Half the women in jail should not be behind bars, the Justice minister will admit today, as he launches fresh moves to tackle the vicious cycle of imprisonment and reoffending faced by many female inmates.
Simon Hughes’s admission comes as a report warns that women are three times less likely to find a job upon release from jail because of poor qualifications, the stigma of being in prison and problems finding childcare.
Research by the Prison Reform Trust (PRT) found that just 8.5 per cent of women freed after short sentences are in steady work within a year of release, compared with 26 per cent of male ex-offenders.
Nearly half (45 per cent) of women leaving prison are reconvicted within a year of release.
Mr Hughes will today back a programme in Greater Manchester for minor female offenders to receive specialist help for drug, drink and mental health problems instead of ending up in custody. He will also visit a new open unit at a women’s prison in Cheshire designed to ease offenders’ return to the community.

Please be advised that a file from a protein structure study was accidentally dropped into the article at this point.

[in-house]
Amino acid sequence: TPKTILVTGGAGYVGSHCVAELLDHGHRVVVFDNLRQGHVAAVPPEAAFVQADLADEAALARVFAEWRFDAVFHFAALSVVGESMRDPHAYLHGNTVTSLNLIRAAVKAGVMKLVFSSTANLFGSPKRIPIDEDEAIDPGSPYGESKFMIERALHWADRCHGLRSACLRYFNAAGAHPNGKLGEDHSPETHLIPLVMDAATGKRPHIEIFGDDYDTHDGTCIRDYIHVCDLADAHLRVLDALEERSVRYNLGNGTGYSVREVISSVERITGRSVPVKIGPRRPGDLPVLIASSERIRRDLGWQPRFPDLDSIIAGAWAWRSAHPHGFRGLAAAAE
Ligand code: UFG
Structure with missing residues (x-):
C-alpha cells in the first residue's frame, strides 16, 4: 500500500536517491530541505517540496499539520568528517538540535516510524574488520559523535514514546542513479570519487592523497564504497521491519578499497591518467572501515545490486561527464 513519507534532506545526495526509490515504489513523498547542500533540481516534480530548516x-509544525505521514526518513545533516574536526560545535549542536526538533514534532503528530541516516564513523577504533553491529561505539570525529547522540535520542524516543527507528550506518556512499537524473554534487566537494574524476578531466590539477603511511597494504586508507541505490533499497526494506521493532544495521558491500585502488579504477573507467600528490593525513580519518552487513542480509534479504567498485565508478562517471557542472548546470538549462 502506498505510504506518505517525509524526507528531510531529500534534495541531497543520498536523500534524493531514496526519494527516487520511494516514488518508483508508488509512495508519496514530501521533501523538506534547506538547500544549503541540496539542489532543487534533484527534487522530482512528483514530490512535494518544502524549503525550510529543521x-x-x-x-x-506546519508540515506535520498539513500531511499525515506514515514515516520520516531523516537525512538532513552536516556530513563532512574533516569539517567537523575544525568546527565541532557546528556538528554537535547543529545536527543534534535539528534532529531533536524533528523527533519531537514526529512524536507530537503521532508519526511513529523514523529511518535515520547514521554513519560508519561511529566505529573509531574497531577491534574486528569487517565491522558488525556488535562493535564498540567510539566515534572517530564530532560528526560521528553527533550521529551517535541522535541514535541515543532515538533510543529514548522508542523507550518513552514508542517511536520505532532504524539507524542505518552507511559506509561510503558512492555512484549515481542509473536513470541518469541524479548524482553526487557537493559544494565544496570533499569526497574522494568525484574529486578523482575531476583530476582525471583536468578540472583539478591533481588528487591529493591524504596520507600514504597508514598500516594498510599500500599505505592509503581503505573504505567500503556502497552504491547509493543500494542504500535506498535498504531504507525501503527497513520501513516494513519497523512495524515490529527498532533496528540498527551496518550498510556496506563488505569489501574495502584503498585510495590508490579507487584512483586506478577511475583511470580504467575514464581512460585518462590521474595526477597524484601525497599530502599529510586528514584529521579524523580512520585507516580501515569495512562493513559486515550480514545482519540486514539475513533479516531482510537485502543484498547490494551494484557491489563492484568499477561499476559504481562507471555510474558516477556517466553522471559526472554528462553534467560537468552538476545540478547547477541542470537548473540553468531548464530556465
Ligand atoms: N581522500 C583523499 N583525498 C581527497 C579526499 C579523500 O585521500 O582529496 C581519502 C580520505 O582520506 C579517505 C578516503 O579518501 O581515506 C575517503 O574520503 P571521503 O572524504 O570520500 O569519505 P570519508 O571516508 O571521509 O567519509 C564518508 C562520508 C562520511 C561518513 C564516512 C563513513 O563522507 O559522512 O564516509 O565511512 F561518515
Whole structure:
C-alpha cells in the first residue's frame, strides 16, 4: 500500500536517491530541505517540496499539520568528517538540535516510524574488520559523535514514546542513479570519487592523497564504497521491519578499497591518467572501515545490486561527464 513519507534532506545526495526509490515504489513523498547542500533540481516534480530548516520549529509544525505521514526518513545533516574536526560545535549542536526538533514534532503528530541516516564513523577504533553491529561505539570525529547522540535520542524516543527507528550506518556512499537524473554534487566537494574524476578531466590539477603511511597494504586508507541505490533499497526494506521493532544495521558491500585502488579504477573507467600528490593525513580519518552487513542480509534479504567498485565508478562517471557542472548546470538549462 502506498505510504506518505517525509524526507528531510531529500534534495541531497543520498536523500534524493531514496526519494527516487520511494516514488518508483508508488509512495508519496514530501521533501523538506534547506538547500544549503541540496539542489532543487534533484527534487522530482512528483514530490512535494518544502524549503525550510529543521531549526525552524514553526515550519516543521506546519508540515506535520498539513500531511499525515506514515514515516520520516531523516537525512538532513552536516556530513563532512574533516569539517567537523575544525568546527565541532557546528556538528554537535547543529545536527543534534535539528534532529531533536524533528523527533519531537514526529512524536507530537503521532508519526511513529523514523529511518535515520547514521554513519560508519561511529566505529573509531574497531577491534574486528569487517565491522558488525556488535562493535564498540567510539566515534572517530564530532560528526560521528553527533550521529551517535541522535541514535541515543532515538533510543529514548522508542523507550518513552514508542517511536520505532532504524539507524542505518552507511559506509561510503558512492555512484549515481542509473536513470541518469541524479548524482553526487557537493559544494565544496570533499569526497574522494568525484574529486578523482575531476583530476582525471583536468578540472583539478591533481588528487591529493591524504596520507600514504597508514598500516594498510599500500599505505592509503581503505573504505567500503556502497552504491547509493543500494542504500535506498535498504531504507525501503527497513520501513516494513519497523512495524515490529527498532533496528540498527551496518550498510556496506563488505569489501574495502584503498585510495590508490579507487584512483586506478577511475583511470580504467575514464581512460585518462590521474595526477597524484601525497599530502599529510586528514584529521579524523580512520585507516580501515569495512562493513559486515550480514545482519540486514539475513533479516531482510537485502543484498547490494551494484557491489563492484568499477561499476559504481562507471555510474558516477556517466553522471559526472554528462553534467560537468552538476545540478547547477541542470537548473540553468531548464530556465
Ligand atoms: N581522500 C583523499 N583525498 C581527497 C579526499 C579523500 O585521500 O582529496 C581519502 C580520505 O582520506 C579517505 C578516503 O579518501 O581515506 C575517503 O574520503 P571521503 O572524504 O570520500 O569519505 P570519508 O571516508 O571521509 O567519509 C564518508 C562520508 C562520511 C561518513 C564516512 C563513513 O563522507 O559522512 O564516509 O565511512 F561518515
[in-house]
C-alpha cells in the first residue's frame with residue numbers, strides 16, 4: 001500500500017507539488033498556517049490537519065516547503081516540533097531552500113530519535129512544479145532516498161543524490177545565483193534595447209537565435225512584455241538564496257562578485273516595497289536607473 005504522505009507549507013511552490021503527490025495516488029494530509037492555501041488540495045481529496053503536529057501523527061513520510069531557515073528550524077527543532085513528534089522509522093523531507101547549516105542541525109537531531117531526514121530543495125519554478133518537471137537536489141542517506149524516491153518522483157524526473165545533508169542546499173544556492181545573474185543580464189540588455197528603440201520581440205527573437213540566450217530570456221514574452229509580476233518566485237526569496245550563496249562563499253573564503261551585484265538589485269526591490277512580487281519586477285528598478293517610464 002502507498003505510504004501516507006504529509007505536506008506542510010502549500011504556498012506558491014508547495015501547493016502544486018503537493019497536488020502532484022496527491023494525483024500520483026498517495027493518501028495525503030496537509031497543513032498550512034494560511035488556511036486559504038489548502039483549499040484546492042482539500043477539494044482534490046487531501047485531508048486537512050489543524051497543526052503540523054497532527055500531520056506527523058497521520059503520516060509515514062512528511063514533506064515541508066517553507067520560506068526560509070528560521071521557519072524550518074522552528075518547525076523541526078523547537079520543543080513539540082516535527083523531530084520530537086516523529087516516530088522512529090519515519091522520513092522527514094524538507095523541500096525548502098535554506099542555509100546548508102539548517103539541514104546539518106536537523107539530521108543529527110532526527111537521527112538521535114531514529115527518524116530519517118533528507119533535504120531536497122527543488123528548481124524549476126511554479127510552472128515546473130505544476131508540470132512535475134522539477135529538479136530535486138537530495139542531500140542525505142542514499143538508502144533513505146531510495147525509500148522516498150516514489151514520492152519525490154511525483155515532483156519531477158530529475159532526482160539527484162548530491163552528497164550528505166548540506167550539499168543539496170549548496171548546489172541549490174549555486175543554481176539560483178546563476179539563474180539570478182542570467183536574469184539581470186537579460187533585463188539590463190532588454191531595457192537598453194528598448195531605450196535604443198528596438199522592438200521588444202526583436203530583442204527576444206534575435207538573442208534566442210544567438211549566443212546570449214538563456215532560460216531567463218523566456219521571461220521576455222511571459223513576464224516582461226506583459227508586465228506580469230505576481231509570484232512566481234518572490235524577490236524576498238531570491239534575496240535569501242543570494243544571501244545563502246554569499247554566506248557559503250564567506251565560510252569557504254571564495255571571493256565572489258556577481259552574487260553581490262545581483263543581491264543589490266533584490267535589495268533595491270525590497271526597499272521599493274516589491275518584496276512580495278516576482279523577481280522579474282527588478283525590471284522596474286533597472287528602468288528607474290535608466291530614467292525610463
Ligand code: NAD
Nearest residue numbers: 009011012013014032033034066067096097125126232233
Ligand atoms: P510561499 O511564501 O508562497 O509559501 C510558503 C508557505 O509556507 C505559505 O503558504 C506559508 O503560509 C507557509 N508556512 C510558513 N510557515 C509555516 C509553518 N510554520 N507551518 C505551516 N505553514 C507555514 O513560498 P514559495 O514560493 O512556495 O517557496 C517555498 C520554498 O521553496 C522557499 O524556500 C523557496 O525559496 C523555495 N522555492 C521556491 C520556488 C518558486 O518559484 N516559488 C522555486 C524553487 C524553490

Mr Hughes, who will call for the Manchester initiative to be extended across England and Wales, told BBC Radio 5 Live: “There are so many women who ought not to be in prison. About half ought not to be there at all.”
The women’s prison population more than doubled between 1995 and 2010. It now stands at 3,811, a fall of 81 over the last 12 months.
The PRT reported that four in 10 mothers in custody said their offending was linked to “a need to support their children”. Single mothers are more likely to cite a lack of money as the cause of their offending than those who are married.
Juliet Lyon, the PRT’s director, said: “Without a job and somewhere safe to live, how can women break a cycle of debt, drugs and despair?”